A number of years ago I began collecting information on this crane and drew detailed plans for it a couple of years ago. I finally started building the model about 6 months ago and finished it today. Attached are three photos of the final model. The frame and basic body were fabricated from .015” sheet brass while the roof, boom, interior details, and a half-dozen other parts were 3D printed. The project was frustrating at times but was a very challenging and enjoyable project.

 

Jack Burgess

 


Re: Stakes For Lumber Loads: Hardwood Vs. Softwood

Todd Sullivan
 

Hi Bob,

Since hardwood has usually been more valuable/expensive than softwoods, I would assume that hardwood stakes (of oak, for example) wouldn't be used unless there was a need for high strength stakes.  Most lumber mills use whatever is readily available, which is usually what they are sawing.  I've seen saplings used, but mostly in modern times.  It costs money to to cut and plane wood for a stake, so 'why bother?' seems to be the mantra of modern cost accountants.  My recollection is that all of the stakes I saw while in the PacNW 1957-1962 were rough sawn softwoods.

Todd Sullivan
in Rowlett, TX


Re: Requesting instructions for Wright Trak Seaboard V10

Bill Welch
 

On Tue, Jan 28, 2020 at 11:50 AM, Eric Hansmann wrote:

 

The 1943 SAL ventilated boxcar fleet was the third largest. Central of Georgia (3,647) and Atlantic Coast Line (3,244) were the top two. The total of all CoG, ACL, and SAL ventilated cars was 72% of the 13,810 US railroad ventilated boxcars in the 1943 ORER.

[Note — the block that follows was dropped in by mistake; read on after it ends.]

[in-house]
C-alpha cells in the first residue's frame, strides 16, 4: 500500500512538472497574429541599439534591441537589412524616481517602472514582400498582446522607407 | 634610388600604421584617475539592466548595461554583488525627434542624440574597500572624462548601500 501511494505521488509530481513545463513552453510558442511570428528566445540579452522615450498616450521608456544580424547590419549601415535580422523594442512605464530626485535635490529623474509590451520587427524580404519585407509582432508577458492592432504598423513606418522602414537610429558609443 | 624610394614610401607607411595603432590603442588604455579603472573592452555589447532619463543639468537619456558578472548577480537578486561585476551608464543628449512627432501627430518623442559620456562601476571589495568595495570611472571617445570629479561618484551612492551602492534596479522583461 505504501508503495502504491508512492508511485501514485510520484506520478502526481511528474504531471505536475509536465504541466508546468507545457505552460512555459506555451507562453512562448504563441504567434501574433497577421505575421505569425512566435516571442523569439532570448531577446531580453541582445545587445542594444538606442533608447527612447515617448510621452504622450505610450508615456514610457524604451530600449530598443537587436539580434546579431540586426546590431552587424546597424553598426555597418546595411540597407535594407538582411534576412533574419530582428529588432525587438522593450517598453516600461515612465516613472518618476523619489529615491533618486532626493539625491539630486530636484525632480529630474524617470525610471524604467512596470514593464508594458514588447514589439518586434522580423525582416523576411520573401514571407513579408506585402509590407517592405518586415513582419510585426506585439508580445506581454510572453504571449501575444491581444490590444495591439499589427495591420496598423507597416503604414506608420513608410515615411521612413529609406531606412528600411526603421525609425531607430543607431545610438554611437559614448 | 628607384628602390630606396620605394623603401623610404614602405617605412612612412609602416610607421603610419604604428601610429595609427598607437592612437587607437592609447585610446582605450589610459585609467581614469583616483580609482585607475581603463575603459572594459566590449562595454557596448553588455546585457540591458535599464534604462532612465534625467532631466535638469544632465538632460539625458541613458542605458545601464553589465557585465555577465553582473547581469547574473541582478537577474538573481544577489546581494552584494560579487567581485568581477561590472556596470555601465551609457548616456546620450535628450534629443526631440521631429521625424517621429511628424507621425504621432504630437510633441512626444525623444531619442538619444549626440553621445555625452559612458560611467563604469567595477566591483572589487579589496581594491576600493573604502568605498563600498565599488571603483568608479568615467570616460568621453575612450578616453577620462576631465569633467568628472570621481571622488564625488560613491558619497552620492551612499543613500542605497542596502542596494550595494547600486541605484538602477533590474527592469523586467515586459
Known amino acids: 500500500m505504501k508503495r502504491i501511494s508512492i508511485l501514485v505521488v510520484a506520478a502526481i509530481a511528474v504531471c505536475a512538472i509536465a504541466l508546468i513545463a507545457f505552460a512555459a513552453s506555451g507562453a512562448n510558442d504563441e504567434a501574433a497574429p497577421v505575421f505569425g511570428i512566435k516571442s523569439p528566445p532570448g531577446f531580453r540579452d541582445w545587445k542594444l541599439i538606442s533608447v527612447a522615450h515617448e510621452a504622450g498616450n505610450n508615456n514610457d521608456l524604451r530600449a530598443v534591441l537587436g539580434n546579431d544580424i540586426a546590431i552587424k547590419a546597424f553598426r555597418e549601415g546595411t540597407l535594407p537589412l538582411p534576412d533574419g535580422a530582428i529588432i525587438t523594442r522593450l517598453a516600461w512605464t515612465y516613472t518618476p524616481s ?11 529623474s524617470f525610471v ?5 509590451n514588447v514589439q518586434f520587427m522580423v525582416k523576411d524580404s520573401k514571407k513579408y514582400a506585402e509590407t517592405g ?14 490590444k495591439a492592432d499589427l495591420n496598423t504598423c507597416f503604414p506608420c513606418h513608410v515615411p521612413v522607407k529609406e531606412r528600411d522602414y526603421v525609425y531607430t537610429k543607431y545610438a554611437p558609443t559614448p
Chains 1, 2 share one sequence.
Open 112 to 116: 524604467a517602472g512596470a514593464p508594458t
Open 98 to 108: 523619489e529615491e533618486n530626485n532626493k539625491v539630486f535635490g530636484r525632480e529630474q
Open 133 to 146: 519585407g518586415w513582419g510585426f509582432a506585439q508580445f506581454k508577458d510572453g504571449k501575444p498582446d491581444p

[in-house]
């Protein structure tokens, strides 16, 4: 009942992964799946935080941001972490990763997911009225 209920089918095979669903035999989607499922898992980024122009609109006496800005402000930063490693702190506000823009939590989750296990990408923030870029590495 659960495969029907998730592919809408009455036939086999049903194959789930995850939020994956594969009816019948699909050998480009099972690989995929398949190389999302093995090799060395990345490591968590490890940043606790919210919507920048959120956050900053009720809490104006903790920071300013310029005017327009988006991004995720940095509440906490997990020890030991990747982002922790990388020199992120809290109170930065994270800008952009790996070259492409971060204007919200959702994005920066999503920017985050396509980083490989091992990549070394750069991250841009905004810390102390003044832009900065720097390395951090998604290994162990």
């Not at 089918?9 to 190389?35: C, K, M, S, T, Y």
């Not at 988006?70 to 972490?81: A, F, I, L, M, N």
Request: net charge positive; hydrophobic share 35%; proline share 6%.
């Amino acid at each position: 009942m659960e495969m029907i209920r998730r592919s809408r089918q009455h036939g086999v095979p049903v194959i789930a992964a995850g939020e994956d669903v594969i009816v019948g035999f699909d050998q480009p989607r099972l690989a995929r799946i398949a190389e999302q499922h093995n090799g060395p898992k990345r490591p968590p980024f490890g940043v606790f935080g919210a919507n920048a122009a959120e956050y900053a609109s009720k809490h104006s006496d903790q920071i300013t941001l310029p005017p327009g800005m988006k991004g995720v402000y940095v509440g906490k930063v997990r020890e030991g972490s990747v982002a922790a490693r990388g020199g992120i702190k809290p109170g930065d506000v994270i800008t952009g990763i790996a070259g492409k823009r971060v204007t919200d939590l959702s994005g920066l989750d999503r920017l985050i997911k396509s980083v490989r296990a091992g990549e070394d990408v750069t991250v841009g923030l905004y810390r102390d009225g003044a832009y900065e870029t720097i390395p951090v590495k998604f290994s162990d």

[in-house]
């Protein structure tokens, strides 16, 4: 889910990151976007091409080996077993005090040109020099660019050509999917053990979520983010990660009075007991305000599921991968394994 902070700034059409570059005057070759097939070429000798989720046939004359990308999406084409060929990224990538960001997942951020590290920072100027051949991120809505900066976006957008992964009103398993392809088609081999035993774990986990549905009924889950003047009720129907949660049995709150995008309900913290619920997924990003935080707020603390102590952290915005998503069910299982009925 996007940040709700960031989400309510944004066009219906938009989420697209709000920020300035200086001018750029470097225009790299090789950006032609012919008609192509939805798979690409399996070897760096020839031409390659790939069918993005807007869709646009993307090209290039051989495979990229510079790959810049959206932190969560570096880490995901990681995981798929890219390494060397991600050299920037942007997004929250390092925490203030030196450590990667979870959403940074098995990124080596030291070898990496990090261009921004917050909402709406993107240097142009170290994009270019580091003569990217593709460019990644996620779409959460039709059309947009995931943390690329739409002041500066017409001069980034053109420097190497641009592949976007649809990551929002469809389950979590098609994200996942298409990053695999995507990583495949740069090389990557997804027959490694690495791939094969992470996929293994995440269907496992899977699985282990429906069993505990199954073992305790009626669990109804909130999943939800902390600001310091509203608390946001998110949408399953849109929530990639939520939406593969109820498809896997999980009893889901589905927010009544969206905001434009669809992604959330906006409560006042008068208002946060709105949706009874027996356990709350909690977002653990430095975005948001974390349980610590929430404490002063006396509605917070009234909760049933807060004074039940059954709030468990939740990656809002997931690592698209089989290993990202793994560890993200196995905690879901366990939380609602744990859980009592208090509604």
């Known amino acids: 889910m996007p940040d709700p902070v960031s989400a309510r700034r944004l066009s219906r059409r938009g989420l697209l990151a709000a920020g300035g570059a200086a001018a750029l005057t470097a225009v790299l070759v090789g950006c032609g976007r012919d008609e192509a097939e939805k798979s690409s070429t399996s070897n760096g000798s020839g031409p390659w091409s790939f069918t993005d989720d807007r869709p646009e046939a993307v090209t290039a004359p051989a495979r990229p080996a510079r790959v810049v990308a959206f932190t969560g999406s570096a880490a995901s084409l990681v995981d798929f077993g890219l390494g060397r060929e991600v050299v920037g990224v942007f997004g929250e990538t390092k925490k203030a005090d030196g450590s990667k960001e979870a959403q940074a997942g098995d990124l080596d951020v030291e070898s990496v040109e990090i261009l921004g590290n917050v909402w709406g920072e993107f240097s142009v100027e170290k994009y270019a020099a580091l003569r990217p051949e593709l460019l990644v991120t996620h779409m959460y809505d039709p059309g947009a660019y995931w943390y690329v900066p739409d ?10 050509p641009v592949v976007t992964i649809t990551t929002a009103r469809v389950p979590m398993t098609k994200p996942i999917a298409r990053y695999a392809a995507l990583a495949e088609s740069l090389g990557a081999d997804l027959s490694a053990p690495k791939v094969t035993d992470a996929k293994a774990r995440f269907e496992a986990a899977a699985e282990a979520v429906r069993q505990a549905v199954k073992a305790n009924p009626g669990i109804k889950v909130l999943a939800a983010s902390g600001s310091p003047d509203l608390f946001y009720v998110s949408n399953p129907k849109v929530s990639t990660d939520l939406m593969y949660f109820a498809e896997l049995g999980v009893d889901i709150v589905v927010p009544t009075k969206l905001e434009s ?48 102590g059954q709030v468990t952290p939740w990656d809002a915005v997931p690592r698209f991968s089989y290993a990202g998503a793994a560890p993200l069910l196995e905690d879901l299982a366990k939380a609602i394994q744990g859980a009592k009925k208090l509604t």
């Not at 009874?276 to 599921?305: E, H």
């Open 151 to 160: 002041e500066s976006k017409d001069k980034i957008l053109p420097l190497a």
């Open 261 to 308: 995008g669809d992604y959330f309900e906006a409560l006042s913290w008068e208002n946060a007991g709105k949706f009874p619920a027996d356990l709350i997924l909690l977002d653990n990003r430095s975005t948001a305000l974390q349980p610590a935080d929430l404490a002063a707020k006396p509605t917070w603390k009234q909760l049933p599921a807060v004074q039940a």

Eric Hansmann

Murfreesboro, TN

 

Add to this total around 2,000 36-foot ventilated boxcars owned by the Louisville & Nashville during this period. These were built in 1923—one thousand each by Mt. Vernon and Tenn. Coal, Iron & Railroad.

Bill Welch


Re: Book of historical drawings; is it worth scanning?

Dennis Storzek
 

On Wed, Jan 29, 2020 at 11:37 AM, Charlie Vlk wrote:

f the volume in question is this one…

Drawings of the standards and recommended practice of the Master Car Builders Association  Henry O. Shepard Co. Press Chicago 1918

It is already available online at HathiTrust.  Here is a link:

https://babel.hathitrust.org/cgi/pt?id=uiuc.2544177_001

Nice find, Charlie. No, the book in my possession is from eight years later, June, 1926, and is limited to trucks and the Recommended Practice car designs the ARA had adopted; the single sheathed boxcar with the pressed steel Pratt truss framing, and a similar double sheathed car with a steel framed superstructure. It appears to be a complete set of drawings because they go down to the level of detailing each sill step, bracket, bolt, etc. Unfortunately, the drawings show the generic flat plate ends and flat sheet riveted roof, which are features apparently no road bought; each opting for proprietary designs that were permissible alternates.

While the Hathi Trust scans are welcome for printed text with occasional diagrams, looking at these MCB drawings, the resolution leaves something to be desired, considering the drawings are already greatly reduced for publication in the book.

Dennis Storzek


Re: Stakes For Lumber Loads: Hardwood Vs. Softwood

Bob Chaparro
 

True, but I'm looking for industry practice rather than just what is allowed.
Bob Chaparro
Hemet, CA


Grandt Line part

Pierre Oliver
 

Anybody out there have a spare set of Grandt Line #5167 reefer door latch hardware, they be willing to part with?

--
Pierre Oliver
www.elgincarshops.com
www.yarmouthmodelworks.com


composite gon and twin hopper images

Claus Schlund &#92;(HGM&#92;)
 

Hi List Members,
 
A nice view of a Philadelphia & Reading composite gondola...
 
 
Also, if you download the TIF version of the image linked below, you get a nice view of NRBX 1533, a twin hopper built to PRR GLa design specifications...
 
 
Enjoy!
 
Claus Schlund

23041 - 23060 of 192656